Even the name of her apartment complex takes you back to the good ol’ days.
A thicket of mature trees and plants frame a hidden, underground entrance to Ocean’s Eleven Plaza. Visitors descend a staircase and pass a tiled lobby with a bubbling fountain and shaded park bench. Inside the wood-paneled elevator time ticks by a little slower as you creep up to the third floor.
“What could be better than living here?” asks Sandy Roth, the building’s oldest tenant and longtime landlord. She’s used to selling the units to prospective renters. After 41 years, you would be hard pressed to find a building manager in Santa Monica who has been doing it longer than her.
“The apartments are very lovely, very lovely.”
A distinct New York accent betrays Roth’s roots, although she’s lived in California longer than most of her tenants have been alive. At 81 years old, Roth is admittedly “older than the fixtures” and is affectionately called Granny Sandy by many of her tenants. She moved in July 1, 1975. A few months later, the building’s owner offered her a job.
“The man who built the building, one day he knocked on my door. I didn’t know who he was and when he told me I thought ‘uh, what did my kids do now?!’ But he said ‘I understand you would make a good manager.’”
If her tenure is any indication of her talent, she certainly has. Over the decades, Roth has seen babies born and grow up on that corner of Eleventh Street. Her personal paintings adorn the walls, including the abstract image of a tenant’s daughter as Roth imagined her before she was born. That little girl recently moved out of the complex, having finally gotten an apartment of her own.
“She’s like an adopted grandmother to me,” said tenant Jimmy Famolare who has lived at the Plaza for just over three years. He can’t imagine leaving anytime soon.
“It’s a comfortable environment. There’s really no stress. It makes my living environment that much better to have a cordial manager.”
Famolare attributes Roth’s New Yorker mentality it her charm and success after so many years. He marvels at her ability to maintain a stern, no-nonsense façade with some tenants while forming deep connections with others.
“They do the neighborly thing for each other and they help each other out and look out for one another’s best interest,” Famolare said.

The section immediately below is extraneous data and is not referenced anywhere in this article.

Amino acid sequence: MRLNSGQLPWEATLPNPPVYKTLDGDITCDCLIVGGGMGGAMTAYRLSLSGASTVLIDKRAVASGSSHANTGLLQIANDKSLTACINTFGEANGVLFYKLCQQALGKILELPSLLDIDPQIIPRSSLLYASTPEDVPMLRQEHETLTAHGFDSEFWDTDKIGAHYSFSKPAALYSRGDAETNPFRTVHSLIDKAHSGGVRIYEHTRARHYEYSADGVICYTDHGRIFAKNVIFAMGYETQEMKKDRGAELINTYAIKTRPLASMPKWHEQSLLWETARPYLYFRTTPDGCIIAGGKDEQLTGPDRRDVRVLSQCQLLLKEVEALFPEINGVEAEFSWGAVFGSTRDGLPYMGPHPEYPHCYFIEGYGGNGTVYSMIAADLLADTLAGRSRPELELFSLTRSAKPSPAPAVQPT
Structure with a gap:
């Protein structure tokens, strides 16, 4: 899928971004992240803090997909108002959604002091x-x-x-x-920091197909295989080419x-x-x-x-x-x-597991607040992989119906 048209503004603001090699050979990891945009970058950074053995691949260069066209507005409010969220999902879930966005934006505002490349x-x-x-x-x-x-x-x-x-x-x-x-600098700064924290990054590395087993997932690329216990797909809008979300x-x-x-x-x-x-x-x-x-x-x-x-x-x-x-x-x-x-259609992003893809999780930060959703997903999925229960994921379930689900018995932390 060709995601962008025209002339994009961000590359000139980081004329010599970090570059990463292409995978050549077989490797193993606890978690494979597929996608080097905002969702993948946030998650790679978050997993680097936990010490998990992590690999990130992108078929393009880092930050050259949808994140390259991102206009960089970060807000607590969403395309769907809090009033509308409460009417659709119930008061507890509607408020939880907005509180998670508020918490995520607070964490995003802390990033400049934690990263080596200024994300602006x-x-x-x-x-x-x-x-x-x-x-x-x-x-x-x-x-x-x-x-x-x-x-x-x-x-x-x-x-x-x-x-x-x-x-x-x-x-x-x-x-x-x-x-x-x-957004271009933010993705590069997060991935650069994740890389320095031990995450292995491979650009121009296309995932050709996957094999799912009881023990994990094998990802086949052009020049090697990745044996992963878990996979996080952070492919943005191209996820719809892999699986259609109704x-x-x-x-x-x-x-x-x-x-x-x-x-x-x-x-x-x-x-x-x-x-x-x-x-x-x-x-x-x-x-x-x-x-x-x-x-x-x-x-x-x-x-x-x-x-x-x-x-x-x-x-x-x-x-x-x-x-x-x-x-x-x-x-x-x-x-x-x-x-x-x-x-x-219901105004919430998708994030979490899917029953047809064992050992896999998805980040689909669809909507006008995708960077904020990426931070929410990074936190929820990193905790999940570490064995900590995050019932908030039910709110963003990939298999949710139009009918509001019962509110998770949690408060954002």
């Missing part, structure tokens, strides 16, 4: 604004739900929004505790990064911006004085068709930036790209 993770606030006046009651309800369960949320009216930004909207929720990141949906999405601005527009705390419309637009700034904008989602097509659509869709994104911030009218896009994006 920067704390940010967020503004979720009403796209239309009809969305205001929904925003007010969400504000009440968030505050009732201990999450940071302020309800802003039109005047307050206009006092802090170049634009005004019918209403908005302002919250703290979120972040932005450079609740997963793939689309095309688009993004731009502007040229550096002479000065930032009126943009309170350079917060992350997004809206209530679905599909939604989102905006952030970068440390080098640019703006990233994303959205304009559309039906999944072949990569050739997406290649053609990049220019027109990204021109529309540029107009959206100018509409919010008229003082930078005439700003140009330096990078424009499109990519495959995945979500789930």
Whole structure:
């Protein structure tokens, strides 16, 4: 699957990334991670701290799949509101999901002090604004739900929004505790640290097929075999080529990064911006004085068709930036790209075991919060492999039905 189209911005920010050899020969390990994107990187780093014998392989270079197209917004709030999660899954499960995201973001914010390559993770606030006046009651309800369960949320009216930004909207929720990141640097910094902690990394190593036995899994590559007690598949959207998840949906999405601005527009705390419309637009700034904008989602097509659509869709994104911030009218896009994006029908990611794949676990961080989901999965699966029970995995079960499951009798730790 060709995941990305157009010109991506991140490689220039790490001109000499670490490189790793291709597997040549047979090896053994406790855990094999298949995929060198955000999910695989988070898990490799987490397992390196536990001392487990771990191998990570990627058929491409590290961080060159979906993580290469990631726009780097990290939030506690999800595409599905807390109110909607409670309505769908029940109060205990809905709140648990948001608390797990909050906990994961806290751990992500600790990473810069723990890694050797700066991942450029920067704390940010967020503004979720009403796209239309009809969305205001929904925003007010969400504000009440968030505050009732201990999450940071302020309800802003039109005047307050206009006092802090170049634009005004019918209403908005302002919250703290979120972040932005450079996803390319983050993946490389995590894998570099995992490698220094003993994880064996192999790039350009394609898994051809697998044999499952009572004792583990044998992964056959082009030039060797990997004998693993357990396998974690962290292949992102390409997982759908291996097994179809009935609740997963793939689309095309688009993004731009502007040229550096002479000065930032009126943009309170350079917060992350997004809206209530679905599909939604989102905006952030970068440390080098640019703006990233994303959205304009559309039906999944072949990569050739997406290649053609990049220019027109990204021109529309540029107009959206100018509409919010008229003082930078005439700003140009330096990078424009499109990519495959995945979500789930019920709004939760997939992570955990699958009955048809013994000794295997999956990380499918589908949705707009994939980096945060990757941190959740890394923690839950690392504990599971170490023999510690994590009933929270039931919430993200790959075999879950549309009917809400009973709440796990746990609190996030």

“It’s nice. I’ve got lots of kids to keep me happy,” Roth said while sitting under a blanket in the three-bedroom apartment where she has lived alone since her husband passed away a few years ago. She was a mom of two teenagers when she moved in. Now she is a great grandmother.
“The body may be getting old but there’s nothing wrong with the brain,” Roth said. “It keeps me going.”
As she and the building age, Roth is always just a phone call or a door knock away from a new problem – a leaky faucet or a clogged drain. She manages the maintenance man, the electrician, the appliance guy, the gardener and a cleaning service.
“I take care of everybody,” Roth said.
And in return, some tenants now help take care of her. Her neighbors keep her company and occasionally give her rides now that Roth no longer drives.
While it’s the hat she’s worn the longest, landlord is just one title of many Roth has worn over the years. During World War II, she and her sister gave dance performances for the troops. She’s been a teacher for special needs students. A few years ago, her son got her a job as an actress for obscure cable shows and b-list movies.
“Nothing you’ve heard of,” Roth said with a smile during a tour of her apartment. Now she’s thinking about getting back into her art – picking up some oil paints and brushes and setting up an easel somewhere. Tucked away a few blocks from busy Wilshire Avenue, she hopes to be around for her tenants for many more years.
“I guess I’ll do it until I drop,” Roth said.